I was reading my Google Reader and Jonathan Rochkin’s Tagging and motivation in library catalog? post caught my attention. He asked about the “why” of tagging, the motivation that drive people to tag. He asked “Why would a user spend their valuable time adding tags to books in your library catalog?”
I have the same question as well, for I still don’t really grasp the social implication of tagging, aside from whatever stuff Dave Weinberger said on his ‘Everything is Miscellaneous’ blog on tagging.
Back to library catalog tagging: if I were a student and found a useful resource for my course, then I probably would tag it with my course number and the topic of the paper my professor assigned to me. That would make it easier for me to find that resource again. If my classmates did the same thing, then I could get a list of resources for my paper.
However, I probably would use the catalog as an “on demand” activity. That is, I would use the library catalog as needed and if I find a resource suitable for my paper, I want to get it right away and prefer none of my classmates find out about it. Chances are, my classmates would do the same thing. Tagging almost becomes a moot point.
OK. This doesn’t help. Sorry.
This might be different if I did a group project. Each of us could tag resources that would be useful for our project. We could have a list of resources that can be listed on our project report. That tagging collaboration would still be a short-live activity, however.
Personally, I found out that I am not really into the tagging thingy. I reviewed my delicious list and realized that my tags are actually the reflection of the content of the site, not the “why”. If I tag them by the “why”, most of them would probably tagged as “cool application” or “interesting stuff.” Or “the site mentioned by Tim O’Reilly because I follow his blog and, by the way, it is indeed an interesting stuff.”
Horizon Project is a collaboration between the New Media Consortium and the EDUCAUSE Learning Initiative. Since 2004, they produce reports on emerging technologies that “will impact higher education within three adoption horizons over the net one to five years.”
Last year (2007 Horizon Report) , their report touched user-created content and social networkings and projected this adoption in one year or less. The adoption mobile phones for education & learning and using virtual worlds as learning spaces were projected in two to three years. The new scholarship & emerging forms of publication (new models of publication and nontraditional scholarly products) as well as multi player educational gaming time-to-adoption were projected in four to five years.
This report can be found at http://www.nmc.org/horizon/2007/report
Recently, they just produced a new report (2008 edition) that touched several key emerging technologies to be applied to teaching and learning:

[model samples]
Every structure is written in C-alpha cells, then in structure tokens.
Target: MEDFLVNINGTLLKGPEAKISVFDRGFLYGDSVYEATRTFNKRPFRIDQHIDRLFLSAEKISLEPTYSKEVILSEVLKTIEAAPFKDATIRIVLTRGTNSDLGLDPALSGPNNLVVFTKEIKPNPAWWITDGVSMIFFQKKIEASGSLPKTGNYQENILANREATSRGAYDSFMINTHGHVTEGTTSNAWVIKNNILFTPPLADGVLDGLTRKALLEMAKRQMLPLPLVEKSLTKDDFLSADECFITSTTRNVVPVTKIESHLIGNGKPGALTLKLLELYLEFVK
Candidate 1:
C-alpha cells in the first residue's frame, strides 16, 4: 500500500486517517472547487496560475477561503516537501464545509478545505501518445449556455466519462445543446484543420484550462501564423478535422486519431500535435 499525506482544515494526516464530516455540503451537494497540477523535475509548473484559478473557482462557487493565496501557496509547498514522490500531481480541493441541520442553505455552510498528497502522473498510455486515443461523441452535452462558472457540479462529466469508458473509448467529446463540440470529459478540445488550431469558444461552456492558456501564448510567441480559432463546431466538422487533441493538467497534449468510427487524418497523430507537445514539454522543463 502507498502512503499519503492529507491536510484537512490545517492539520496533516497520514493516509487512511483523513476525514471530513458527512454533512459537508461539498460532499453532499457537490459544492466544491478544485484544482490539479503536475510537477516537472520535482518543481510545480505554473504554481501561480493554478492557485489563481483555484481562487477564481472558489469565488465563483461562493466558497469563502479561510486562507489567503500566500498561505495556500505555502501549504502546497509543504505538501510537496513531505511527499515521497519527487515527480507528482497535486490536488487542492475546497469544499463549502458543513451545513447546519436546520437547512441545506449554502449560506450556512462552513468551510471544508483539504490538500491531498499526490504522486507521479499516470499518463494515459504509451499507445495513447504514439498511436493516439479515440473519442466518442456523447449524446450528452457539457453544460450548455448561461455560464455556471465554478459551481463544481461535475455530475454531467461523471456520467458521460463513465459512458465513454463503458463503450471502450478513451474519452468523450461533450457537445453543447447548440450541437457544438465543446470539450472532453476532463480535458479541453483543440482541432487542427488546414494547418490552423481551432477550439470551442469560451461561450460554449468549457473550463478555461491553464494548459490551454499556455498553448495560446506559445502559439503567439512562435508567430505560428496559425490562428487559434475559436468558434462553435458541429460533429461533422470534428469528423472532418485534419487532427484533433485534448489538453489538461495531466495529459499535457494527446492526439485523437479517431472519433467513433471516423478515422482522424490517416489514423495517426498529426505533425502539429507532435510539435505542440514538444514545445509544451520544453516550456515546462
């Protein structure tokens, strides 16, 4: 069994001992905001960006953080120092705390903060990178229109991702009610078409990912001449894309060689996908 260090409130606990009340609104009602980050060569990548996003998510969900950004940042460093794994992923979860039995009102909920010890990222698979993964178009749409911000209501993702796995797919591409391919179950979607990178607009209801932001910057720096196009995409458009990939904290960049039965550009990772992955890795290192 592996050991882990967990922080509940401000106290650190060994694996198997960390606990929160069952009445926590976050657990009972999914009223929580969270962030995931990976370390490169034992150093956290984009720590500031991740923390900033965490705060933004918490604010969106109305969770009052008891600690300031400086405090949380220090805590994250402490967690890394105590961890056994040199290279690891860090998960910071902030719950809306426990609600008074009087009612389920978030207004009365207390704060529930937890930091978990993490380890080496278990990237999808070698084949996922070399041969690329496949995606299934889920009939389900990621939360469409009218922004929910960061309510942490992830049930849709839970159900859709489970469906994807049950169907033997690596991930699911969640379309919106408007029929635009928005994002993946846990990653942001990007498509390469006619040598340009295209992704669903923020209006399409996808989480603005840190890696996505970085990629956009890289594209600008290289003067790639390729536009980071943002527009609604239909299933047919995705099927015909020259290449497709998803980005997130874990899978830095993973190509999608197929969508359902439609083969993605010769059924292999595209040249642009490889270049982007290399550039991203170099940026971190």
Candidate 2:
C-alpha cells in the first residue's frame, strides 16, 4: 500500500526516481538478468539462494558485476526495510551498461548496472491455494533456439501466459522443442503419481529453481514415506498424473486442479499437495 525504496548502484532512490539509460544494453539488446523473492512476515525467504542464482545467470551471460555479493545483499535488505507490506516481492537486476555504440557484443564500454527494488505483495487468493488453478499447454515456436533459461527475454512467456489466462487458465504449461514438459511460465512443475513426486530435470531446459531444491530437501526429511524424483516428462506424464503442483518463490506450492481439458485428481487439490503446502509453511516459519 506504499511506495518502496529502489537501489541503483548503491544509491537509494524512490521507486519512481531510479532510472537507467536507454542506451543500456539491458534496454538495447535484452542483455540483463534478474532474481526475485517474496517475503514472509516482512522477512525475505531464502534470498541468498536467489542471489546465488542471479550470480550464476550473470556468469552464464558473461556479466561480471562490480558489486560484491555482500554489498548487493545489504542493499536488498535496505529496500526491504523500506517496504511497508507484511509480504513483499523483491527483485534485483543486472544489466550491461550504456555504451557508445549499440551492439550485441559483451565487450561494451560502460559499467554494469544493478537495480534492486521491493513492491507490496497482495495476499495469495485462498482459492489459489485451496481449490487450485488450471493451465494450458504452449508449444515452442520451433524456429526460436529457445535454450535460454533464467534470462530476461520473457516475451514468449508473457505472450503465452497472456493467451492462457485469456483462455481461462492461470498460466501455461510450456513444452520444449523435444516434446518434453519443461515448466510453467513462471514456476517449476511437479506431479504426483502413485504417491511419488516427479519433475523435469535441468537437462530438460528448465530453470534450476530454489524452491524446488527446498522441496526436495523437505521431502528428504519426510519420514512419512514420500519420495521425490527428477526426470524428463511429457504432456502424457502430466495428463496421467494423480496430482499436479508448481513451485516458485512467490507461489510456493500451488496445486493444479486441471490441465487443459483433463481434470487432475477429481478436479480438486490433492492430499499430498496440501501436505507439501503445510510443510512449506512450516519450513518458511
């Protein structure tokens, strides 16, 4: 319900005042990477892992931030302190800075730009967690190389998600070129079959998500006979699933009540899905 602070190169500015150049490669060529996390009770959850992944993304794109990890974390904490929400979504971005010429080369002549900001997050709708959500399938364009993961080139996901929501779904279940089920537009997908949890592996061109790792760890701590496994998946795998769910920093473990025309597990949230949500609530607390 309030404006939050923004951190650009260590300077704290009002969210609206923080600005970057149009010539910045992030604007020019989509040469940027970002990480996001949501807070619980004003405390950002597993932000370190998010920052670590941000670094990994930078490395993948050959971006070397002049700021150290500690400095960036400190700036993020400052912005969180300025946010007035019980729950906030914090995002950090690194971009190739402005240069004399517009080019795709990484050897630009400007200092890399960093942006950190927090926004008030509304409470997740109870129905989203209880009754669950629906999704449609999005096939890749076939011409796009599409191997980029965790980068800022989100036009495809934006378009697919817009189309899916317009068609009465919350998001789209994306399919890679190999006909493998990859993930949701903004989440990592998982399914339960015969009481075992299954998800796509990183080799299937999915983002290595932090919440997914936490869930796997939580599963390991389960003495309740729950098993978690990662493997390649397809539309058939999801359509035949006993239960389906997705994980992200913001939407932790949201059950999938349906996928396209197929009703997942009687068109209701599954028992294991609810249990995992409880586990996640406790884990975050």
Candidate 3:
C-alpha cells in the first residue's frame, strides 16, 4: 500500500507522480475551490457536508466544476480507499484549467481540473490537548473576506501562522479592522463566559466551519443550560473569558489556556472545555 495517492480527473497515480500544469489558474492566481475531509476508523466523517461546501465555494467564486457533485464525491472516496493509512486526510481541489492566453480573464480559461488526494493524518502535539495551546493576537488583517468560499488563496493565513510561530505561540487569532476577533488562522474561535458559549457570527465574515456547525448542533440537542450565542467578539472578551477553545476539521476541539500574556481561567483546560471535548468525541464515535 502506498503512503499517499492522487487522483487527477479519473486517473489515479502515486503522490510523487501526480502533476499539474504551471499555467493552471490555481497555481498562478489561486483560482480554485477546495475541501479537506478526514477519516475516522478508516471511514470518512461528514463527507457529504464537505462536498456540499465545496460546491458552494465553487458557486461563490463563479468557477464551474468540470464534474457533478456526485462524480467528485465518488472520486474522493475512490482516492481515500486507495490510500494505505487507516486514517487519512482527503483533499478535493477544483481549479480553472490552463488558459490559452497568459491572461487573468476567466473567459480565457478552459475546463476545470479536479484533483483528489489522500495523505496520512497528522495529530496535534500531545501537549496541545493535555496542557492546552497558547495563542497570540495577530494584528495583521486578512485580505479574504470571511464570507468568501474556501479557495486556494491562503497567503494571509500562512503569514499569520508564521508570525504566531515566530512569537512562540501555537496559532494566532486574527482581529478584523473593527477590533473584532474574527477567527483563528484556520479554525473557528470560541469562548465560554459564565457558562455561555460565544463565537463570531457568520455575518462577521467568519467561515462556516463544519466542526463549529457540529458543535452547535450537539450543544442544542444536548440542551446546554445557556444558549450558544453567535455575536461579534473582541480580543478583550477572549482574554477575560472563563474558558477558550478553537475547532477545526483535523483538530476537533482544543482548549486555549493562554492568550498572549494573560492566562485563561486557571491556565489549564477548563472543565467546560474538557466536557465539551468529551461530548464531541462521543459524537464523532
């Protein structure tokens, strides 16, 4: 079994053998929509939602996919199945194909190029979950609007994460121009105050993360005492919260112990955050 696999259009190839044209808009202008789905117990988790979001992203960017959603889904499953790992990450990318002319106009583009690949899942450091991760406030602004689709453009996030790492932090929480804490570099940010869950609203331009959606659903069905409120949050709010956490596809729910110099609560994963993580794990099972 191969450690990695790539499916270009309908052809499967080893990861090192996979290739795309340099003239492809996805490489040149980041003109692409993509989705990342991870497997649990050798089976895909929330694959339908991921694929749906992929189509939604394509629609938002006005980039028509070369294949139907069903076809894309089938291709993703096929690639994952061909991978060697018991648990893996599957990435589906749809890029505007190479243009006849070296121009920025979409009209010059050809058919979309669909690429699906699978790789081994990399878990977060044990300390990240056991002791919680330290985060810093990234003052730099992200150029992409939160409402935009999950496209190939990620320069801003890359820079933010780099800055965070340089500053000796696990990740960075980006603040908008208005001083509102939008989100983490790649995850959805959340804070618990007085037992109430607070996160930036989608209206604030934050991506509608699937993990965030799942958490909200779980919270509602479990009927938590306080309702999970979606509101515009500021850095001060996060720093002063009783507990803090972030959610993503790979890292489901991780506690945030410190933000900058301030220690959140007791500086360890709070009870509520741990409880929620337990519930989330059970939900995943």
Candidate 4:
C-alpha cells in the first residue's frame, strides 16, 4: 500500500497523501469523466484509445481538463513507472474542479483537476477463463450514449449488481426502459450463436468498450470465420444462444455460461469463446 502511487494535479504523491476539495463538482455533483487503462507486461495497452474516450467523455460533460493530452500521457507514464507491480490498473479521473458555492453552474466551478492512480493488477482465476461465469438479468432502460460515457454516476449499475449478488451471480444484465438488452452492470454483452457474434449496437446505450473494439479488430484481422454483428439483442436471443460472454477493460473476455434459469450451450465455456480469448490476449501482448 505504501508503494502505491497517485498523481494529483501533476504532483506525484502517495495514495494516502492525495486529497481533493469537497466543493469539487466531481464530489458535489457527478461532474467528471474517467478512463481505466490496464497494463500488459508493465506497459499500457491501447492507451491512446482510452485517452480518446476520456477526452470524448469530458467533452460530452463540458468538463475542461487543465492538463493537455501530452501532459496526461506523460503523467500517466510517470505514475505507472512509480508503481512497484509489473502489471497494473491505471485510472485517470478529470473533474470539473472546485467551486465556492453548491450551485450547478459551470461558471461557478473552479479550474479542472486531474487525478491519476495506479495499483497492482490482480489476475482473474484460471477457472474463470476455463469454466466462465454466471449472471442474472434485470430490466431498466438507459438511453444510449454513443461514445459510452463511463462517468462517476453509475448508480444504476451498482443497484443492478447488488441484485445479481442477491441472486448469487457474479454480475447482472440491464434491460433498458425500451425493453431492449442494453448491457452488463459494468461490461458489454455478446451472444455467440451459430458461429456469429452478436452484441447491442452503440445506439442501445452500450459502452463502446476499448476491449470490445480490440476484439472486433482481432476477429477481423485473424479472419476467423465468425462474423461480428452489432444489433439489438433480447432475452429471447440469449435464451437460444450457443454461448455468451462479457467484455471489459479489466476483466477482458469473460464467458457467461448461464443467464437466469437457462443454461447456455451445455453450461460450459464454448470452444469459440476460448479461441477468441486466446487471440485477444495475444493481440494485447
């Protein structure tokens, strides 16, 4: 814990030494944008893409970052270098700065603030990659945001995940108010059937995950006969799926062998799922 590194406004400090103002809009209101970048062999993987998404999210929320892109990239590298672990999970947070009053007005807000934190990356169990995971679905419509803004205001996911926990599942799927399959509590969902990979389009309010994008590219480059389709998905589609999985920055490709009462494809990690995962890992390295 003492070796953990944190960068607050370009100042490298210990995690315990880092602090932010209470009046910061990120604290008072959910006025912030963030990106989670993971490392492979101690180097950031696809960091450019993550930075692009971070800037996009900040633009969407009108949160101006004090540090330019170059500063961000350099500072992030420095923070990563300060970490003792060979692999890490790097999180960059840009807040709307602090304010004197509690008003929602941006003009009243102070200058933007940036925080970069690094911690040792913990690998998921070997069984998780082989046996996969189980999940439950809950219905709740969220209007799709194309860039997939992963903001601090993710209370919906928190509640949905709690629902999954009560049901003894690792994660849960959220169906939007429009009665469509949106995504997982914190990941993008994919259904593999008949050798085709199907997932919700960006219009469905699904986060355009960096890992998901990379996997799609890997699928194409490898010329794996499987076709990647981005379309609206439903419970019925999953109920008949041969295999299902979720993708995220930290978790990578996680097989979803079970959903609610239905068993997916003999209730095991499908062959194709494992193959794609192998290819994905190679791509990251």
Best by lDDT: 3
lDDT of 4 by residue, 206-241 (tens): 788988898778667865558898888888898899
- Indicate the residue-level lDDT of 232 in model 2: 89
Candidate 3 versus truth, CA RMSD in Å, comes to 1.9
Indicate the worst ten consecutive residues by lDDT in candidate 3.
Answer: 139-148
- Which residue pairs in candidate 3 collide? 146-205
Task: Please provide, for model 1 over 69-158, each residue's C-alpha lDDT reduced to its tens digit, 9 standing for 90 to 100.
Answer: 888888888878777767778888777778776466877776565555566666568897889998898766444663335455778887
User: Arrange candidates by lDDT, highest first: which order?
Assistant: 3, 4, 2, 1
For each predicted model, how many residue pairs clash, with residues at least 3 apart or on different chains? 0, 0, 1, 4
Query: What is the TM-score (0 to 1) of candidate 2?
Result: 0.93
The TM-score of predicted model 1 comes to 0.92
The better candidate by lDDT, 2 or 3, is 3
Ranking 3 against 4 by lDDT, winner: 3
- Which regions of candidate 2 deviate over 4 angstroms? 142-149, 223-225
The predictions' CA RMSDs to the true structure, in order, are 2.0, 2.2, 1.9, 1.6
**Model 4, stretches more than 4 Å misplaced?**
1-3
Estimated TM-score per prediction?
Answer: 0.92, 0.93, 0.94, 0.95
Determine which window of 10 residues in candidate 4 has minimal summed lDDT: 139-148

– Grassroots Video: better and cheaper (if not free) tools allow the creation of educational videos and disseminate them quickly. No need to rely on an exclusive group of professionals and on expensive equipments or infrastructure.
– Collaboration Webs: using web-based collaboration tools for teaching/learning and research activities.
– Mobile Broadband: more powerful personal devices and can be used to access the educational content.
– Data Mashups: combining data from different sources and producing new datasets.
– Collective Intelligence: knowledge and understanding that emerges from large groups of people. This is facilitated by the collaboration webs and utilizing the data mashups.
– Social Operating Systems: connecting people through network. The organization of the networking would be around people rather than around content.
This year’s report can be found at http://www.nmc.org/publications/2008-horizon-report
Most of the items mentioned above are probably already implemented at least on personal or group level (think YouTube, GoogleDocs, iPhone, or wikipedia.com.) Utilizing similar technology for teaching and learning does present some challenges especially in the area of assessments, policy, growing expectations, and changes in infrastructure.
Neat stuff, actually.
You click the mood and it will allow you to adjust a dial from, say, “Happy” to “Sad.” Made think, if you put the dial close to happy, how would you call it? “Not So Happy”? “Not Sad and Rather Happy”? I think I’m in the mood of reading something silly. But, yeah, “silly” is relative and it’s not one of the choices.
When you get list of books, you don’t see the typical catalog results from many of the library catalogs. No call number, no location. Just titles, author, a review, and snippet of text, if available. Once you’re interested in a book, you click the Borrow button and the system will ask you which library you’re associate it and take you to its catalog system.
I don’t know if they ask the affiliate library because they don’t recognize my IP address or it’s the system’s default (I am, after all, getting spoiled by WorldCat.) I also don’t know what would happen if the book I’m interested in is not available from the local library. I suppose they would do an automatic Interlibrary Loan. I hope so.
The book collection was jointly developed by public libraries from England, Wales, and Scotland. You can view the collection, but you, of course, have to have their library card to borrow the book.